Chemical Dependency /Substance Abuse

What do the terms chemical dependency and substance abuse mean?

Substance abuse is a medical term used to describe a pattern of using something, either illegal or legal that causes significant problems or distress.

It can refer to the abuse of illegal substances, such as marijuana, heroin, cocaine, or methamphetamine. Or it may be the abuse of legal substances, such as alcohol, nicotine, or prescription medicines. Alcohol is the most common legal drug of abuse.

What is substance (drug) dependence?
Substance dependence is a medical term. It is used to describe the abuse of drugs or alcohol that continues even when serious problems related to their use have developed. Signs of dependence include:

  • Tolerance to or need for increased amounts of the substance to get an effect
  • Withdrawal symptoms that happen if you decrease or stop using the substance
  • Spending a lot of time to get, use, and recover from the effects of using substances
  • Withdrawal from social and recreational activities
  • Continued use of the substance even though you are aware of the physical, psychological, and family or social problems that are caused by your continued use

What substances are most often abused?
The most frequently abused substances include:

  • Alcohol
  • Marijuana
  • Prescription medicines, such as pain pills, stimulants, or anxiety pills
  • Methamphetamine
  • Cocaine
  • Opiates
  • Hallucinogens
  • Inhalants

What are the symptoms of substance abuse or dependence?

The following are the most common behaviors that indicate a person is having a problem with drug or alcohol abuse. But each person may have slightly different symptoms. Symptoms may include:

  • Using or drinking larger amounts or over longer periods of time than planned.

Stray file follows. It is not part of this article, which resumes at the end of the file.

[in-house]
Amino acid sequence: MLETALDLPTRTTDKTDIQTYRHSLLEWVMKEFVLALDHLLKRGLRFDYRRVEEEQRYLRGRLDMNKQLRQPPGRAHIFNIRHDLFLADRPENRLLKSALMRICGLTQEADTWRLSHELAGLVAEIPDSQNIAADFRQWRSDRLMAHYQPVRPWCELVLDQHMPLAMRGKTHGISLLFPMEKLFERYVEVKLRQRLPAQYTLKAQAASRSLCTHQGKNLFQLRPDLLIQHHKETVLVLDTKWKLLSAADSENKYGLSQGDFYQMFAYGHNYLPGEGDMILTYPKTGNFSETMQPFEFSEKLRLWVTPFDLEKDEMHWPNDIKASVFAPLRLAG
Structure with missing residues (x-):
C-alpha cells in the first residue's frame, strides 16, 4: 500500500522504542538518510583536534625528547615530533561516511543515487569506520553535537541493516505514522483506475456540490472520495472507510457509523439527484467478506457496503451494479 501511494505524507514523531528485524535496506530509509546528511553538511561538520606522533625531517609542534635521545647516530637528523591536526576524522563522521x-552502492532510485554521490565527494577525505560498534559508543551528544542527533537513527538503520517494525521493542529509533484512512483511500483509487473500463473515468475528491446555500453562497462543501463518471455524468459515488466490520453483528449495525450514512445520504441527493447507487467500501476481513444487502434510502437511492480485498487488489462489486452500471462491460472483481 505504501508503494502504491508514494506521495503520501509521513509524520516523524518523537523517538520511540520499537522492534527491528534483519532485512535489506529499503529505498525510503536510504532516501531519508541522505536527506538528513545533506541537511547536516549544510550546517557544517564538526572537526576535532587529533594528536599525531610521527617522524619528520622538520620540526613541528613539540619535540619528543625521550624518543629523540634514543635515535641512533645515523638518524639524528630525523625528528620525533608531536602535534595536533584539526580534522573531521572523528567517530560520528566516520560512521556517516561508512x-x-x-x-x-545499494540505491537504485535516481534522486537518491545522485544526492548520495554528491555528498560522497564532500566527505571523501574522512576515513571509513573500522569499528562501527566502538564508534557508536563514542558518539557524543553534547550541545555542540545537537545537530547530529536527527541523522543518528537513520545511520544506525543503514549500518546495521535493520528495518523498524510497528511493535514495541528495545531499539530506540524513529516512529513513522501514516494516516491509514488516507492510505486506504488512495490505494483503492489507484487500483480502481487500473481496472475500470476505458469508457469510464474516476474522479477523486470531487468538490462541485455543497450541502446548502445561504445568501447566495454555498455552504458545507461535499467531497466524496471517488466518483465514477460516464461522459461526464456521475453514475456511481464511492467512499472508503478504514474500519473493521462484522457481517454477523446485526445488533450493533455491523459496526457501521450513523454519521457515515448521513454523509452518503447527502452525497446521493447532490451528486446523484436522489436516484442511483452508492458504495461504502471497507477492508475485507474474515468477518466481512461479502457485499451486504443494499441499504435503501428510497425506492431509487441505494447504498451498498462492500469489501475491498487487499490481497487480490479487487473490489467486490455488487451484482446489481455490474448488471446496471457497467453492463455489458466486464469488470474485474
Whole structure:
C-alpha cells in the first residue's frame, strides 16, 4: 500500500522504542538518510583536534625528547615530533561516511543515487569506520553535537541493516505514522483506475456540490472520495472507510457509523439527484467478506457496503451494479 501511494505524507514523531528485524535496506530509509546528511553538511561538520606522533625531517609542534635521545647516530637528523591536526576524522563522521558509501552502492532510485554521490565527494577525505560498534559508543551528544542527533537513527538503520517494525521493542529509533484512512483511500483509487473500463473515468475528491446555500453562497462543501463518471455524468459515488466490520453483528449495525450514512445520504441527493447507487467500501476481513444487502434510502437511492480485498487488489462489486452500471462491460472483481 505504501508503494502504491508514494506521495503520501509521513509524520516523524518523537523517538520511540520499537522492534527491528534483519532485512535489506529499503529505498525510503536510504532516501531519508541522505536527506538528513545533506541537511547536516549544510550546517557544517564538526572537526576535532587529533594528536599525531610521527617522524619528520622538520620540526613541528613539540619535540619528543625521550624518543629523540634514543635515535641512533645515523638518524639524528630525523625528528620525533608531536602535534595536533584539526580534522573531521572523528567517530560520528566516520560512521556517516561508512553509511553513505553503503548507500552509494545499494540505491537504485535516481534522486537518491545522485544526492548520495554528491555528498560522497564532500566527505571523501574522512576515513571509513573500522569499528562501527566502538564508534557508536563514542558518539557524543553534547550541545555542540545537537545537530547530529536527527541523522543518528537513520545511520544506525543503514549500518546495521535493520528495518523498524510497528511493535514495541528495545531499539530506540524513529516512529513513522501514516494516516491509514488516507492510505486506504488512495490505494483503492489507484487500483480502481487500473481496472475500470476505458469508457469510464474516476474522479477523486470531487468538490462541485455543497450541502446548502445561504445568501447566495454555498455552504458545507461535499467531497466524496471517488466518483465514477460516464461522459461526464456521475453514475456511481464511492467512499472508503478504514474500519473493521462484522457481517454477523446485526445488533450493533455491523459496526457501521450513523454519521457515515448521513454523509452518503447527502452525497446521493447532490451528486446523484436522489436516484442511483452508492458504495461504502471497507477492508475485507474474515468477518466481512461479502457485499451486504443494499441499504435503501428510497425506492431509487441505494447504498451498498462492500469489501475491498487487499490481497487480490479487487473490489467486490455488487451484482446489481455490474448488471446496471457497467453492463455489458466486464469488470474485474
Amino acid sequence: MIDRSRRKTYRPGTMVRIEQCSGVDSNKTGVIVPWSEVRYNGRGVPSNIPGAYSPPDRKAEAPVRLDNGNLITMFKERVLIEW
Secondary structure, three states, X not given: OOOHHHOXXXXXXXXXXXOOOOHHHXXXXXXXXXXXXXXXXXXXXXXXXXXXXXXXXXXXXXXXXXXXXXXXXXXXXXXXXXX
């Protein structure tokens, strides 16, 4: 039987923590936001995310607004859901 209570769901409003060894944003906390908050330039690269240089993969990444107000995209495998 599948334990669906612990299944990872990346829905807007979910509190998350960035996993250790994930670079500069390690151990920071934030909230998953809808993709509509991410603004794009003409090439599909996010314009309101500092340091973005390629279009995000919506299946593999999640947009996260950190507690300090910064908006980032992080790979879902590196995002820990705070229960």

• Constantly wanting, or unsuccessfully trying, to cut down or control use of drugs or alcohol.
  • Spending a lot of time getting, using, or recovering from use of drugs or alcohol.
  • Craving, or a strong desire to use drugs or alcohol.
    Ongoing drug or alcohol use that interferes with work, school, or home duties.
  • Using drugs or alcohol even with continued relationship problems caused by use.
  • Giving up or reducing activities because of drug or alcohol use
    Taking risks, such as sexual risks or driving under the influence.
  • Continually using drugs or alcohol even though it is causing or adding to physical or psychological problems.
  • Developing tolerance or the need to use more drugs or alcohol to get the same effect. Or using the same amount of drugs or alcohol, but without the same effect.
  • Having withdrawal symptoms if not using drugs or alcohol. Or using alcohol or another drug to avoid such symptoms.

The symptoms of drug or alcohol abuse may resemble other medical problems or psychiatric conditions. Always consult your doctor for a diagnosis.

How is drug abuse or dependence diagnosed?
A family doctor, psychiatrist, or qualified mental health professional usually diagnoses substance abuse. Clinical findings often depend on the substance abused, the frequency of use, and the length of time since last used, and may include:

  • Weight loss
  • Constant fatigue
  • Red eyes
  • Little concern for hygiene
  • Lab abnormalities
  • Unexpected abnormalities in heart rate or blood pressure
  • Depression, anxiety, or sleep problems

Treatment for substance abuse or dependence:

Specific treatment for substance abuse or dependence will be determined by your doctor based on:

  • Your age, overall health, and health history
  • Extent of the symptoms
  • Extent of the dependence
  • Type of substance abused
  • Your tolerance for specific medicines, procedures, or therapies
  • Expectations for the course of the condition
  • Your opinion or preference

A variety of treatment (or recovery) programs for substance abuse are available on an inpatient or outpatient basis. Programs considered are usually based on the type of substance abused.

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